# Elastic and Inelastic Collisions

1. Oct 7, 2009

### Zhalfirin88

1. The problem statement, all variables and given/known data
A bullet with a mass of 3.25 g is fired horizontally at two blocks resting on a smooth and frictionless table top as shown in the Figure. The bullet passes through the first 1.25 kg block, and embeds itself in a second 1.80 kg block. Speeds v1 = 2.40 m/s and v2 = 2.60 m/s, are thereby imparted on the blocks. The mass removed from the first block by the bullet can be neglected.

a) Find the speed of the bullet immediately after emerging from the first block.
b) Find the initial speed of the bullet.

http://psblnx03.bd.psu.edu/res/fsu/capalibrary/16Momentum/Graphics/prob10a.gif

3. The attempt at a solution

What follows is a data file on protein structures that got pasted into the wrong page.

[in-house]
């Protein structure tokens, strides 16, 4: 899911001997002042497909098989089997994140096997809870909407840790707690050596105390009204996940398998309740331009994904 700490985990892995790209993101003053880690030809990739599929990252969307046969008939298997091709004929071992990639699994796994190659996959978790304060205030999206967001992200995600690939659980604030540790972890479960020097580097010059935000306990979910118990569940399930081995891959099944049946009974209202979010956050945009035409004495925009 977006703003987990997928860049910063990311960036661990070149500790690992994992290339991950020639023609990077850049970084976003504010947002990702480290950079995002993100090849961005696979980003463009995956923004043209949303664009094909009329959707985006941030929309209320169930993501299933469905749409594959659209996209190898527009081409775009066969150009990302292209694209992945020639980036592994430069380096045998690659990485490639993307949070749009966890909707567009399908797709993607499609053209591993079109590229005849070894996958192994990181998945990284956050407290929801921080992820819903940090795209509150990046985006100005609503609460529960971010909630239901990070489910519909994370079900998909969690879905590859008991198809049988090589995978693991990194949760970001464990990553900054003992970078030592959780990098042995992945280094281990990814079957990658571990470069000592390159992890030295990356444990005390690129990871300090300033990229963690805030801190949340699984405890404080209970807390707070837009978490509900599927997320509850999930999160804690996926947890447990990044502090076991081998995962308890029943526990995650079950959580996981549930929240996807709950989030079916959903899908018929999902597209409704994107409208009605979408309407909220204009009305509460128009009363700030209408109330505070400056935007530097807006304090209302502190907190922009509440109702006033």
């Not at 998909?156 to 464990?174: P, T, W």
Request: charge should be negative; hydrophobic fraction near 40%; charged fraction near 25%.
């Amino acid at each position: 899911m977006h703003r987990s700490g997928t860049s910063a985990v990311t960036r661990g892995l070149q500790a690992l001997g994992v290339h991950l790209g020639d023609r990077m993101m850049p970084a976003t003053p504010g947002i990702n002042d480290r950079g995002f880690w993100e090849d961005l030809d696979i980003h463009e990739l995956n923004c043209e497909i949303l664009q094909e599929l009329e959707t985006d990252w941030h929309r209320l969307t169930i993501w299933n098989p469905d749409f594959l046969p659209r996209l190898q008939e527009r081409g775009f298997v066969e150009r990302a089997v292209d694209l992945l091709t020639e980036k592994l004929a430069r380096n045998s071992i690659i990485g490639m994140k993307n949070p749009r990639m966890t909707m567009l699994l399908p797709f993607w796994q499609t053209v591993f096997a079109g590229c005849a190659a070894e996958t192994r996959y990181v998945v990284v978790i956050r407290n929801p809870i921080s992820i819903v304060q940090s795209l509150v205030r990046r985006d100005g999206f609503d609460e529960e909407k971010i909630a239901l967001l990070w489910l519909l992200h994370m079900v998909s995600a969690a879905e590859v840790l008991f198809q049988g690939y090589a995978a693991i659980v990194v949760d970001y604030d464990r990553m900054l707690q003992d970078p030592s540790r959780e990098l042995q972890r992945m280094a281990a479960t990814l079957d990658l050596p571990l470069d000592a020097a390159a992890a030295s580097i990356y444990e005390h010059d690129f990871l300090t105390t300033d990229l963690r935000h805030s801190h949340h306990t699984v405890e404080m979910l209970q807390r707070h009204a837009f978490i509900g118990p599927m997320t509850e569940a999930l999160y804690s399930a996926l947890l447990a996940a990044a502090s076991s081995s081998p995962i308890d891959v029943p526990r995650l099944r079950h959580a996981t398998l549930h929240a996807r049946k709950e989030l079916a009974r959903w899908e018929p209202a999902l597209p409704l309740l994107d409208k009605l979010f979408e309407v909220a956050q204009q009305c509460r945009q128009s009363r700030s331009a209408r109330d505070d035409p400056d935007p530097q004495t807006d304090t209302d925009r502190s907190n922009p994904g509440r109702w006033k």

I don't get how to solve this problem without knowing the speed of the bullet.

Last edited by a moderator: Apr 24, 2017
2. Oct 7, 2009

### Staff: Mentor

You're asked to figure out the speed of the bullet. Hint: What's conserved during these collisions?

3. Oct 7, 2009

### Zhalfirin88

I know it's momentum, but the equation doesn't make sense, blah I forgot to put it up there.

object 1 is block 1 and object 2 is the bullet.

m1v1 + m2v2 = m1v1 + m2v2

What would you call the initial condition? The block would be zero, but what about the bullet? The final condition is all there.

m2v2 = m1v1 + m2v2

Last edited: Oct 7, 2009
4. Oct 7, 2009

### Staff: Mentor

Use different symbols to represent the speed of the bullet before and after the collision. (Such as v2 and v2'.) You'll use this equation later. Hint: Analyze the collision with block 2 first.

5. Oct 7, 2009

### Zhalfirin88

I did that before but left divided by the wrong mass (.003 kg instead of .00325 kg) which lead me to believe it was wrong. Thanks, solved.